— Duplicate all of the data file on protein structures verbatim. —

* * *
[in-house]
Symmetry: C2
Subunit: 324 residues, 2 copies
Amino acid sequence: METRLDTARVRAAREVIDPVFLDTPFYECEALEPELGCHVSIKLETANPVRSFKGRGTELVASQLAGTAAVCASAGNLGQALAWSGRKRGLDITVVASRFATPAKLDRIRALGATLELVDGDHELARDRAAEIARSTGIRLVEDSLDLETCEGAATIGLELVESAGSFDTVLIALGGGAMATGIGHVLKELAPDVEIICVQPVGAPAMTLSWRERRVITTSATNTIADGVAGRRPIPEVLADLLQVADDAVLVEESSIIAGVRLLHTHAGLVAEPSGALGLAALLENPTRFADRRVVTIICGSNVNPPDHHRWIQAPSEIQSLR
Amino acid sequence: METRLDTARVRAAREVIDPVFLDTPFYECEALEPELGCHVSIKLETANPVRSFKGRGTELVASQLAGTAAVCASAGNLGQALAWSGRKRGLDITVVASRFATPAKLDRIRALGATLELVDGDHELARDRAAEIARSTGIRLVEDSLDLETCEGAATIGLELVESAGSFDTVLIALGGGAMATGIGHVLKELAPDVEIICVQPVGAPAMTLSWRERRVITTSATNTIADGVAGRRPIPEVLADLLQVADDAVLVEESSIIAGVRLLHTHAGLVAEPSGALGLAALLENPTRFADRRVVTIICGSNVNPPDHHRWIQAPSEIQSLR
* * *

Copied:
[in-house]
Symmetry: C2
Subunit: 324 residues, 2 copies
Amino acid sequence: METRLDTARVRAAREVIDPVFLDTPFYECEALEPELGCHVSIKLETANPVRSFKGRGTELVASQLAGTAAVCASAGNLGQALAWSGRKRGLDITVVASRFATPAKLDRIRALGATLELVDGDHELARDRAAEIARSTGIRLVEDSLDLETCEGAATIGLELVESAGSFDTVLIALGGGAMATGIGHVLKELAPDVEIICVQPVGAPAMTLSWRERRVITTSATNTIADGVAGRRPIPEVLADLLQVADDAVLVEESSIIAGVRLLHTHAGLVAEPSGALGLAALLENPTRFADRRVVTIICGSNVNPPDHHRWIQAPSEIQSLR
Amino acid sequence: METRLDTARVRAAREVIDPVFLDTPFYECEALEPELGCHVSIKLETANPVRSFKGRGTELVASQLAGTAAVCASAGNLGQALAWSGRKRGLDITVVASRFATPAKLDRIRALGATLELVDGDHELARDRAAEIARSTGIRLVEDSLDLETCEGAATIGLELVESAGSFDTVLIALGGGAMATGIGHVLKELAPDVEIICVQPVGAPAMTLSWRERRVITTSATNTIADGVAGRRPIPEVLADLLQVADDAVLVEESSIIAGVRLLHTHAGLVAEPSGALGLAALLENPTRFADRRVVTIICGSNVNPPDHHRWIQAPSEIQSLR